Worldbuilding

I’ve been quiet on the blog for a bit. The last week or so I’ve been hard at work doing second-pass revisions on Stars. There were, as always, a number of things that needed addressing and I’ve been methodically working my way through, start-to-finish, making changes as I come to them.

The biggest issue, which all of my readers had commented on, was it needed more worldbuilding. This seems to be a weakness of mine during drafting. I’m good with pacing, and my plotting is decent. I’ve gotten a lot better at character arcs and situational reactions. But I still have a tendency to skim over the worldbuilding. I’ve been getting this comment on all my manuscripts I’ve had critiqued, so you’d think I’d have learned from it by now. Fortunately, it’s something easily added in during revisions.

Worldbuilding details aren’t vital to the telling of the story, but they do make the story richer, more fleshed out, more real. Some things I know from the start, such as how the world looks. And some stuff requires more thought. Stars is set a few decades after a plague decimated the population, so it’s been interesting to consider how an abrupt drop in the number of people would affect society. There’s the obvious stuff – a lot of luxuries and their associated jobs would be dispensed with or only open to the rich, as most of the remaining population would need to focus on basic necessities like food and clothing. But there are also trickle-down effects I’ve been considering – for instance, a near-stoppage in global commerce would mean imported products such as coffee or chocolate (which only grow in the tropics) would become the domain of the rich once more. It doesn’t really matter to the storyline whether coffee is expensive or not. But it does add a richness to the world to note these things.

I’m almost done with this pass of revisions – hopefully tonight! And then I’ll be sending the manuscript off to my next set of readers. Normal blogging will resume once I’m no longer obsessively buried in my story. :)

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4 responses to “Worldbuilding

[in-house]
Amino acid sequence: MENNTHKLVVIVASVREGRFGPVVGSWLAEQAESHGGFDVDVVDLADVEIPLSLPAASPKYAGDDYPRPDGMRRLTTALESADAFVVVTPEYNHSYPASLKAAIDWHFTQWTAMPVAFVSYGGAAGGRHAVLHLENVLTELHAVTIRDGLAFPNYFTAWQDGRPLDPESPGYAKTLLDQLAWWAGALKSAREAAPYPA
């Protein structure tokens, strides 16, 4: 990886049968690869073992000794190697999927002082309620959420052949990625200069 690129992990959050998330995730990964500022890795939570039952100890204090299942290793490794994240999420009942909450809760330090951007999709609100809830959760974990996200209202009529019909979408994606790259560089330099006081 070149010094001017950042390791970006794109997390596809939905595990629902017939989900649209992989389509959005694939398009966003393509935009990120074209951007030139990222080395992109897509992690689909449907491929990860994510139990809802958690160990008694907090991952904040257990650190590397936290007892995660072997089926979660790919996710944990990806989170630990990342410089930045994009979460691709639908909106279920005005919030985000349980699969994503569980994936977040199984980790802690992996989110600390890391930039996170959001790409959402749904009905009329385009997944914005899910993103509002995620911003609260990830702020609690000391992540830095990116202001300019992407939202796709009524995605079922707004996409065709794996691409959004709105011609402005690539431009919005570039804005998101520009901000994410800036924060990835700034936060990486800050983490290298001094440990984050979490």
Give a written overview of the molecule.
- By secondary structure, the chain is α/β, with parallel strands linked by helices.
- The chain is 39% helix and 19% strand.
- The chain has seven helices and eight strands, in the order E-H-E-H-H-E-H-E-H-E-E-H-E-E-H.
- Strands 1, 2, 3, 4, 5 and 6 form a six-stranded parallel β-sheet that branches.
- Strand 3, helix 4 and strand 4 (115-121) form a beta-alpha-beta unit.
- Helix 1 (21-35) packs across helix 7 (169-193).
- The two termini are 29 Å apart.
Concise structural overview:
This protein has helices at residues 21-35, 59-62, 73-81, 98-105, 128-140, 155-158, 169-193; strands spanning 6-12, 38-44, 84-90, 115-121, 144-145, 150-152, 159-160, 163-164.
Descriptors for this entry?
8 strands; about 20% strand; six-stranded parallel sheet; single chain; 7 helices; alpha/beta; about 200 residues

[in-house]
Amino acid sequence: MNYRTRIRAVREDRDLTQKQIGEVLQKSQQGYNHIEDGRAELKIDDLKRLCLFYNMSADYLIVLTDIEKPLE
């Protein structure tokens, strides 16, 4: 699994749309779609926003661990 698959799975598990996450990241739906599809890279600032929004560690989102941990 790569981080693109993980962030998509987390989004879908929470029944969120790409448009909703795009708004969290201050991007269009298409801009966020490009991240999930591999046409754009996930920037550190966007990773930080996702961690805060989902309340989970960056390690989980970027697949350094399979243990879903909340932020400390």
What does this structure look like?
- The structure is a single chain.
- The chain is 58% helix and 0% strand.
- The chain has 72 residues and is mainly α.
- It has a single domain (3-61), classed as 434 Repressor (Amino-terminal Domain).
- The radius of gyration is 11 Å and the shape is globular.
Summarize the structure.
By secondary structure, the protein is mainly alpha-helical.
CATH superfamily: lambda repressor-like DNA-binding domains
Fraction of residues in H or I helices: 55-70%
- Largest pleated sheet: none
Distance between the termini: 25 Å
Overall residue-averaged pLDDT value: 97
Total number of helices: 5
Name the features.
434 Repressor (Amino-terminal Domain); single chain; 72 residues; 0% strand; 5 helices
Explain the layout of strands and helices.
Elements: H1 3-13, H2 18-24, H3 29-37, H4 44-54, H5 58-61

1. Sounds good to me. I’d like to read it sometime. :D I tend to get carried away with world building. By the time I’m done, I have so many details the plot gets lost in them. I’m currently working on trying to write without detailing it quite so much. Perhaps I’ll be able to find a happy medium.

    • Thanks. :) There’s definitely a balance to be had, eh? Robin McKinley is a writer who I think of as someone who loves to indulge in details. Her books are often quite long with little tangents as she shares some fun but totally unnecessary side detail. Some people love reading books with that writing style, though! If you haven’t read any of hers, might be worth trying; I absolutely love Sunshine.

  2. Also infrastructure. That would be a big one. Same amount of infrastructure to keep up, and a fraction of the tax base to pay for it.

    It would be fun to brainstorm before you start writing – post the general premise on your blog and people can ponder and post thoughts about what that world might look like. If you didn’t mind revealing your premise. ;)

    • Yeah, that too. I guess some of it would just be scaled back – close the excess hospitals, for instance – but some, like roads, would need to be selectively maintained. Lots to think about! Tough to be aware of it all on the first drafting.

      Of course, the flip side to all that is that while there *will* be lots of differences from our own society, you don’t want to overwhelm the reader with all these details, because strictly speaking only some of it is important to the plot. If you provide too much detail it bogs down your pacing and narrative flow (which is fine, if your writing style/voice is slower, but mine isn’t). So it’s finding a balance that makes the world feel real without going overboard.

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